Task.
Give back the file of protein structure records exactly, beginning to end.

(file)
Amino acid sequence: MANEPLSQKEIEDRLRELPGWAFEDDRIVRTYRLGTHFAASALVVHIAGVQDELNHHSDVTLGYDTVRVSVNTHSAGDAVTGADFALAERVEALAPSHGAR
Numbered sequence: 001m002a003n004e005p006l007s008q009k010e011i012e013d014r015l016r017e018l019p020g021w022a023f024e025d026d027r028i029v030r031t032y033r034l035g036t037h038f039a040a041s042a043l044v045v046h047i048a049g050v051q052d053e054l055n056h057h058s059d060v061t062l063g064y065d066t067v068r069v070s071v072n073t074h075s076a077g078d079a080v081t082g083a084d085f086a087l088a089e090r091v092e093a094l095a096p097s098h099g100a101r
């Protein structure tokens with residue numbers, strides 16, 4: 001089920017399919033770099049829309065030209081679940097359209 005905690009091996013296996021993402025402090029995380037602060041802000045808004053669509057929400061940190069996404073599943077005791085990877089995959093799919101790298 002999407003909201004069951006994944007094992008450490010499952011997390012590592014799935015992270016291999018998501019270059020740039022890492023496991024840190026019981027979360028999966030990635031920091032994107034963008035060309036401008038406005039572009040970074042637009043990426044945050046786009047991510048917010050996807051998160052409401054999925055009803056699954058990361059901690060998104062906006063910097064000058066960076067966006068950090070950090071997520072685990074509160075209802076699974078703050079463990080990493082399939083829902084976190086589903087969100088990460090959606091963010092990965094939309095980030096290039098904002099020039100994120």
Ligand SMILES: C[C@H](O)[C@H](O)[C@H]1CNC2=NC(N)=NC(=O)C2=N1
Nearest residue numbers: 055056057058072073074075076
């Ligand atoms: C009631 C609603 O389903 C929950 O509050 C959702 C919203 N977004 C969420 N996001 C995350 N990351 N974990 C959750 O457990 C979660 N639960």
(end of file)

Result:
Amino acid sequence: MANEPLSQKEIEDRLRELPGWAFEDDRIVRTYRLGTHFAASALVVHIAGVQDELNHHSDVTLGYDTVRVSVNTHSAGDAVTGADFALAERVEALAPSHGAR
Numbered sequence: 001m002a003n004e005p006l007s008q009k010e011i012e013d014r015l016r017e018l019p020g021w022a023f024e025d026d027r028i029v030r031t032y033r034l035g036t037h038f039a040a041s042a043l044v045v046h047i048a049g050v051q052d053e054l055n056h057h058s059d060v061t062l063g064y065d066t067v068r069v070s071v072n073t074h075s076a077g078d079a080v081t082g083a084d085f086a087l088a089e090r091v092e093a094l095a096p097s098h099g100a101r
């Protein structure tokens with residue numbers, strides 16, 4: 001089920017399919033770099049829309065030209081679940097359209 005905690009091996013296996021993402025402090029995380037602060041802000045808004053669509057929400061940190069996404073599943077005791085990877089995959093799919101790298 002999407003909201004069951006994944007094992008450490010499952011997390012590592014799935015992270016291999018998501019270059020740039022890492023496991024840190026019981027979360028999966030990635031920091032994107034963008035060309036401008038406005039572009040970074042637009043990426044945050046786009047991510048917010050996807051998160052409401054999925055009803056699954058990361059901690060998104062906006063910097064000058066960076067966006068950090070950090071997520072685990074509160075209802076699974078703050079463990080990493082399939083829902084976190086589903087969100088990460090959606091963010092990965094939309095980030096290039098904002099020039100994120």
Ligand SMILES: C[C@H](O)[C@H](O)[C@H]1CNC2=NC(N)=NC(=O)C2=N1
Nearest residue numbers: 055056057058072073074075076
């Ligand atoms: C009631 C609603 O389903 C929950 O509050 C959702 C919203 N977004 C969420 N996001 C995350 N990351 N974990 C959750 O457990 C979660 N639960």